Day 35 and 36: Getting lost! And learning lots!


Went to work of course!

I got to work with Boris today. I mostly just watched and learned from his lab assistant. Boris does behavioral neuroscience. He has these mice without cones (nrl mutation), so they are night blind. He is working with another lab that is injecting stem cells into their eyes, with the hope that the cones will regenerate. I am geeking out over this! We are testing their tracking in the dark to see if it works. Unfortunately, thus far it doesn’t seem to be working. The mouse we were using seemed totally and completely uninterested in the visual stimulation, even at the brightness levels that she should have been able to see.

Oh, and the mouse bit me when I tried to pick her up! 😦 I have decided I like rats better than mice. Rats (or at least ours) are nicer and slower. That little mouse was so darn fast! I like that our rats our bigger and slower, so they are easier to grab a hold of.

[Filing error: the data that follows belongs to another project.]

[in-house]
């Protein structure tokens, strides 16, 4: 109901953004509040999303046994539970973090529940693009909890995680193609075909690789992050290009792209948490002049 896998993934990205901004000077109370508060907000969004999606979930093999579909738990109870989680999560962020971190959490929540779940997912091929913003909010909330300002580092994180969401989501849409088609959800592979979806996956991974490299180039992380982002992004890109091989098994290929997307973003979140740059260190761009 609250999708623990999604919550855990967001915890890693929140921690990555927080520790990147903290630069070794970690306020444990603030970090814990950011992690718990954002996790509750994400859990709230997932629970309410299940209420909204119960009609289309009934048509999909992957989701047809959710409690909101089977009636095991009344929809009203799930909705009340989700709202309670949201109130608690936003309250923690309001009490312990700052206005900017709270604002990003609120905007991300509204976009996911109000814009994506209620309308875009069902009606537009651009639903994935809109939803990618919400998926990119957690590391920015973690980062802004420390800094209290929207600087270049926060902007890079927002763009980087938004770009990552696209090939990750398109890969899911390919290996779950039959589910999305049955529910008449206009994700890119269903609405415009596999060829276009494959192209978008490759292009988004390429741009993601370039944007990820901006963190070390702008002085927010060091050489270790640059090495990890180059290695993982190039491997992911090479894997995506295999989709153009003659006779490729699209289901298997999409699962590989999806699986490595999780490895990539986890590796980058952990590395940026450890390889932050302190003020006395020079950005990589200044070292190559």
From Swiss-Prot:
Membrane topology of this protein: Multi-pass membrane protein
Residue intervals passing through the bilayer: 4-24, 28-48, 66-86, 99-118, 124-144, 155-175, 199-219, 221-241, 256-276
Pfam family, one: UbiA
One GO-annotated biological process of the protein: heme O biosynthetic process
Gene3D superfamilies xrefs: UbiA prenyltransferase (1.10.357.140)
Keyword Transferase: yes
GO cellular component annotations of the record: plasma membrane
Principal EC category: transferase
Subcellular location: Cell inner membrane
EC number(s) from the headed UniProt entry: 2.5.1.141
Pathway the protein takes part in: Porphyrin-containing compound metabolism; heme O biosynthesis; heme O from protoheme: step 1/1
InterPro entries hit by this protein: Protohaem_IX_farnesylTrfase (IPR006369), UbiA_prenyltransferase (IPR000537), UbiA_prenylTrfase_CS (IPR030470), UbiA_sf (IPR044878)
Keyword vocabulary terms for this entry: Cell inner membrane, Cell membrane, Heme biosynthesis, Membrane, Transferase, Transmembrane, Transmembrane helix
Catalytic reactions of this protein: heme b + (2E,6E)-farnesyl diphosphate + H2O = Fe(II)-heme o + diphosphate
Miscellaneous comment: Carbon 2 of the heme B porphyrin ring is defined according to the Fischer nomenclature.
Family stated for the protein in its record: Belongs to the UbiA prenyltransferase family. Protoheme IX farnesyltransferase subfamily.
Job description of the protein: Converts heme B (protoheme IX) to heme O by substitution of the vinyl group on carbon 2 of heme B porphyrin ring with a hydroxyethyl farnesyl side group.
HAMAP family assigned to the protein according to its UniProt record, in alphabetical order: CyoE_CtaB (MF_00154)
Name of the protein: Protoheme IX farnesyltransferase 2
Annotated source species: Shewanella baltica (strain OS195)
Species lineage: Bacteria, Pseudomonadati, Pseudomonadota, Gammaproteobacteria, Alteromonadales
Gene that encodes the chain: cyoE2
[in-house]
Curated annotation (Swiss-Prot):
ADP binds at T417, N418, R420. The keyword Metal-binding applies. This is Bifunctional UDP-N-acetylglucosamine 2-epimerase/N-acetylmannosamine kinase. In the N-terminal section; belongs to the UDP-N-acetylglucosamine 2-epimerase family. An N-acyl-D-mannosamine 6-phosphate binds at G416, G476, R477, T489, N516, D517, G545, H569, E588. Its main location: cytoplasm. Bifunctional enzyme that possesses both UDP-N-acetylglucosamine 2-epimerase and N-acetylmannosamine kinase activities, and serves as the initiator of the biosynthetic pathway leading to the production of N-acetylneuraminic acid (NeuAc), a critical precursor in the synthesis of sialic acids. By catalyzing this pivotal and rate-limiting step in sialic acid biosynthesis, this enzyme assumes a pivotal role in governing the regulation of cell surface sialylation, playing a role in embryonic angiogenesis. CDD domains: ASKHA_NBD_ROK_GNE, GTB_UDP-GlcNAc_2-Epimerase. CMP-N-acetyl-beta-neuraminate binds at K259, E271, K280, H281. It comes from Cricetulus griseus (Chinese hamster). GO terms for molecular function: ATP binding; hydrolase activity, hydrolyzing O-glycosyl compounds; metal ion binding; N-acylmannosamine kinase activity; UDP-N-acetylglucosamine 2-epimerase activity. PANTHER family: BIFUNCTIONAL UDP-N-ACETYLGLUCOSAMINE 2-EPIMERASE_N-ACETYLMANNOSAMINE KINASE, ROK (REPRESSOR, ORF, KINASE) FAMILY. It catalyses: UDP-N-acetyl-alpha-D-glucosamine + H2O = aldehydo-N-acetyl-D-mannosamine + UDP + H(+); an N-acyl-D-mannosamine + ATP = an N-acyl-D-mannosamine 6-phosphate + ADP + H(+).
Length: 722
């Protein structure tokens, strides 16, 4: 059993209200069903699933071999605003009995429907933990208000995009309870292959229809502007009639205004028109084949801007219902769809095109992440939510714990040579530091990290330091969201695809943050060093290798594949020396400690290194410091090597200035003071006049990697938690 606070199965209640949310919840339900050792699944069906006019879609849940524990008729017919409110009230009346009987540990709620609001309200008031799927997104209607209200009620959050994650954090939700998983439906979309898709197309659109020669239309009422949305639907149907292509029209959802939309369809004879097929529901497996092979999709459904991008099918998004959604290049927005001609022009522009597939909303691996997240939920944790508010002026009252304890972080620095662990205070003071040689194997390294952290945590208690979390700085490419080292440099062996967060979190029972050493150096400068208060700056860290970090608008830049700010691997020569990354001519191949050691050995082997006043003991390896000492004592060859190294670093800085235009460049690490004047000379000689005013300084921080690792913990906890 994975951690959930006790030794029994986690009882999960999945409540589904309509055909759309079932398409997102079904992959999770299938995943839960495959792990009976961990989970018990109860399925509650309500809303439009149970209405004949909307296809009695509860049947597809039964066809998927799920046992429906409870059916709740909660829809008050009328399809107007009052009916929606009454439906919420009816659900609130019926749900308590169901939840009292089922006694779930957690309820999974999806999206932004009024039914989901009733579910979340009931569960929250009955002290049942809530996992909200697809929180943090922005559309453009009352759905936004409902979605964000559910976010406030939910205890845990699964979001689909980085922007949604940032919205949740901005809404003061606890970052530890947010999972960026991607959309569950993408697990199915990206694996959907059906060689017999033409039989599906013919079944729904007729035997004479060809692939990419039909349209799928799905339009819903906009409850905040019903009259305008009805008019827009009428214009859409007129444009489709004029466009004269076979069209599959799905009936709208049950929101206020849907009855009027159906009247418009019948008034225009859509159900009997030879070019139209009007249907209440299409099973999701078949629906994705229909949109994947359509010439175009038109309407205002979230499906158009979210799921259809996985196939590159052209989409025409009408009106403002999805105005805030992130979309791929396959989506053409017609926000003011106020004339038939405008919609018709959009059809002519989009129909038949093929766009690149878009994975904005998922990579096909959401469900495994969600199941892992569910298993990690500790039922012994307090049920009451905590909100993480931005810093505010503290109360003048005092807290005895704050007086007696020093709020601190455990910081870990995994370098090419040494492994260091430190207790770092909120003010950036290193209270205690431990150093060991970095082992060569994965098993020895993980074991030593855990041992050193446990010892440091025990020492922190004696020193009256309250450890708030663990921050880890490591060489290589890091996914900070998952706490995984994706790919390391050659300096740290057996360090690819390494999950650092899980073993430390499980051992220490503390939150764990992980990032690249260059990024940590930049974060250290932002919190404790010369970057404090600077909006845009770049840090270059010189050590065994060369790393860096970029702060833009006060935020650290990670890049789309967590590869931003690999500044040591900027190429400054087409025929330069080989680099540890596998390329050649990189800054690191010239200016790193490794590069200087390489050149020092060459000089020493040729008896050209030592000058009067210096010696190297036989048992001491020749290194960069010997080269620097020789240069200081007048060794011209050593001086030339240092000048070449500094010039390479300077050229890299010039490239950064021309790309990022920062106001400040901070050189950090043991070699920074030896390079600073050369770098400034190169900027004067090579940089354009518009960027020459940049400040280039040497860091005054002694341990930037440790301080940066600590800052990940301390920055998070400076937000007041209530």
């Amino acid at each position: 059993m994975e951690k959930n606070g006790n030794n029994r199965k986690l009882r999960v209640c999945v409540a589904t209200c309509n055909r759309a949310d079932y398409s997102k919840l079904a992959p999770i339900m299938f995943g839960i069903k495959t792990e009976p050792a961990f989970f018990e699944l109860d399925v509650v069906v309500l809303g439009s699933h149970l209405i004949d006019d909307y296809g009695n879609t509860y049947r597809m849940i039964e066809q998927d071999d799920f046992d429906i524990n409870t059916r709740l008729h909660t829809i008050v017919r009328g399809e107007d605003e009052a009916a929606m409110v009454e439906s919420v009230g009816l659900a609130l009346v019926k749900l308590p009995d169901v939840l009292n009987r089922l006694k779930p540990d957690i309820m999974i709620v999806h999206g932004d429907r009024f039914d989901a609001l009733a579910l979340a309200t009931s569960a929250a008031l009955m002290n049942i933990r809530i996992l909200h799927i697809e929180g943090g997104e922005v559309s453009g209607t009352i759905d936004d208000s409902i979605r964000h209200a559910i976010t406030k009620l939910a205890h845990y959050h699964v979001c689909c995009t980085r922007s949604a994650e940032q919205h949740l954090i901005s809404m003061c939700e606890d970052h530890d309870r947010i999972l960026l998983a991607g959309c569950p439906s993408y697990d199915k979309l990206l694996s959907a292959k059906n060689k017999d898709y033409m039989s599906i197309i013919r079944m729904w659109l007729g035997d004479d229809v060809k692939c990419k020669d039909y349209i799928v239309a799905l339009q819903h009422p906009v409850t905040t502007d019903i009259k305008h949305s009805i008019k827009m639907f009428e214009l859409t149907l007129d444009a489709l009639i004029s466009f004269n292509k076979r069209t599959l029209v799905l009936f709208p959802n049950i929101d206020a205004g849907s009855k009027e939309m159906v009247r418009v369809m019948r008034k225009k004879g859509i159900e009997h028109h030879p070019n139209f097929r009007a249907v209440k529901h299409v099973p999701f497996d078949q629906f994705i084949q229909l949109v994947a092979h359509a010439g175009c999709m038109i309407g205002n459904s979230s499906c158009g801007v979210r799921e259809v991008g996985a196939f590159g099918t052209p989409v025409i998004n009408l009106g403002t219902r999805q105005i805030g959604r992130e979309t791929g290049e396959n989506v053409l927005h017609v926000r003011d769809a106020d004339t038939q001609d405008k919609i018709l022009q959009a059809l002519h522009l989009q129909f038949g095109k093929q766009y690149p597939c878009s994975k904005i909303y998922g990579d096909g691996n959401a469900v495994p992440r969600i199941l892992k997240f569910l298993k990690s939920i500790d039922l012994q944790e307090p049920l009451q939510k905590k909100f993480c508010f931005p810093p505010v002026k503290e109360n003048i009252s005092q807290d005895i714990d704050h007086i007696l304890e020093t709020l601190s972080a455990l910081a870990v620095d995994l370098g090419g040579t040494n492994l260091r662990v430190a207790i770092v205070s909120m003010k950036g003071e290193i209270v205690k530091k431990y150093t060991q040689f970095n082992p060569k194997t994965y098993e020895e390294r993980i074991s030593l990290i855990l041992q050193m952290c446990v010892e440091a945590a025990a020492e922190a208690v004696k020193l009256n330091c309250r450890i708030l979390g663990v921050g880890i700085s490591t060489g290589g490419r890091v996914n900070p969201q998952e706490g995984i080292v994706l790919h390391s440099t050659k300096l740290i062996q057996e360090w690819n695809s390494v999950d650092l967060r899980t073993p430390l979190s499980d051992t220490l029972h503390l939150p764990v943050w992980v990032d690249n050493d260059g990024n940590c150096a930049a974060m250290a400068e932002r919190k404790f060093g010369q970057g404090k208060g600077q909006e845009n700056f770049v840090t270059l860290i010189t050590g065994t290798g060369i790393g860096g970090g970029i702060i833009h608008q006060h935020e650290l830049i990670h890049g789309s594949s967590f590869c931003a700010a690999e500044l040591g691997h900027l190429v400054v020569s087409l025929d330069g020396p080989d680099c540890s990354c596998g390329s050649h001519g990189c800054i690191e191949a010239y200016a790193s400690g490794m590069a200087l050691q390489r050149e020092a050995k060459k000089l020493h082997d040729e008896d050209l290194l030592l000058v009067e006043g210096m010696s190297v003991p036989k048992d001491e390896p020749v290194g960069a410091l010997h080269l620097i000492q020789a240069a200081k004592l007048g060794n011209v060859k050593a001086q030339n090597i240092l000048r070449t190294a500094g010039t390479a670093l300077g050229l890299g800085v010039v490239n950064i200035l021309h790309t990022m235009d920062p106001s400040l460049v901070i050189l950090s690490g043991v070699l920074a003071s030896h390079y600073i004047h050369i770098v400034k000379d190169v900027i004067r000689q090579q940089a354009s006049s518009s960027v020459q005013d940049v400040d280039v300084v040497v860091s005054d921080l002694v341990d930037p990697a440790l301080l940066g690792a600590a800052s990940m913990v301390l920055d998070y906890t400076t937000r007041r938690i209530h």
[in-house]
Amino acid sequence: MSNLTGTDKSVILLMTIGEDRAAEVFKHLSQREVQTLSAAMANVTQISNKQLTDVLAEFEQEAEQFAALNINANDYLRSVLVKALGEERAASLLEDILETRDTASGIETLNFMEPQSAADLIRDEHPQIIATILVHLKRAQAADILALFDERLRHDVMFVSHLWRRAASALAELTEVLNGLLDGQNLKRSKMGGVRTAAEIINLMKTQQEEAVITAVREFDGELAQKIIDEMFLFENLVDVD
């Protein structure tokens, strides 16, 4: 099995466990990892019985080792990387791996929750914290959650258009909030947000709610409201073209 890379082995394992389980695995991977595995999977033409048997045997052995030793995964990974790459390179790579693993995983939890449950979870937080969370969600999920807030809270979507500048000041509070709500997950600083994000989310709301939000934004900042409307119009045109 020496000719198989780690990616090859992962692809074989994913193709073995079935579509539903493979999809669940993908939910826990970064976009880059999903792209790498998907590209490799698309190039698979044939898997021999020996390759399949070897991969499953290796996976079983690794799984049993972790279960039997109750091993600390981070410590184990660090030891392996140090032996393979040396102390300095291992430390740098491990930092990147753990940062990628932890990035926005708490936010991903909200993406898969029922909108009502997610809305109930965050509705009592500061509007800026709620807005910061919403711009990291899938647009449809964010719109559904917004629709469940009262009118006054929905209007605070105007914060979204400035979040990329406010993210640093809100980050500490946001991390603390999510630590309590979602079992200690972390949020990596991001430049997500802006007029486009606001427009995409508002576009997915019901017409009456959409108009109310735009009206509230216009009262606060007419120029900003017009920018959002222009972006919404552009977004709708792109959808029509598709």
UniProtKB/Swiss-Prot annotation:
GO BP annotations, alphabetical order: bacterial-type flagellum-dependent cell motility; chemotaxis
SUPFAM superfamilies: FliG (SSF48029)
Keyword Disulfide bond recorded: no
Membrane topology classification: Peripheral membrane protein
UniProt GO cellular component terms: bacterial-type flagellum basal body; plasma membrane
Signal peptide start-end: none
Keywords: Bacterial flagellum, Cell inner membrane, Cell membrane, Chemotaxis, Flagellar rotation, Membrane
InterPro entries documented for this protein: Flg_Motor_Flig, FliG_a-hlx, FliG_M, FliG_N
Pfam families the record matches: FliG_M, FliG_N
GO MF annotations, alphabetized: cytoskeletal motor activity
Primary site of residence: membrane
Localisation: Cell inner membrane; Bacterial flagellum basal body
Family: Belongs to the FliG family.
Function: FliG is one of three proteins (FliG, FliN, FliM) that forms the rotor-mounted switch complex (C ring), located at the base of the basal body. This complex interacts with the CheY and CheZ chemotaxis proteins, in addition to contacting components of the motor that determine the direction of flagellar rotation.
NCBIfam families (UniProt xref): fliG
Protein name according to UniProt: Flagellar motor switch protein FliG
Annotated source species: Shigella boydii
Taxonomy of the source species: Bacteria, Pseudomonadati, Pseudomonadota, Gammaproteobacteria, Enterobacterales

I tried to see Anahit patch clamp to ganglion cells in the retinal tissue, but something went wrong. The cells were dark adapted, so everything (the preparation and the patch clamping had to be done in the dark). This included finding the cells in the tissue without using the light in the microscope. Instead they use the photon-laser to scan for cells. We could see cells on the scanner, but couldn’t actually find them in the tissue. I ended up going home because hours later it was still not working! Poor Anahit was there until 1 in the morning trying to get it to work! 😦

I went home and cooked a yummy dinner. I ate with Marcus. He is 29 and apparently still eats a salami and cheese sandwich every night for dinner!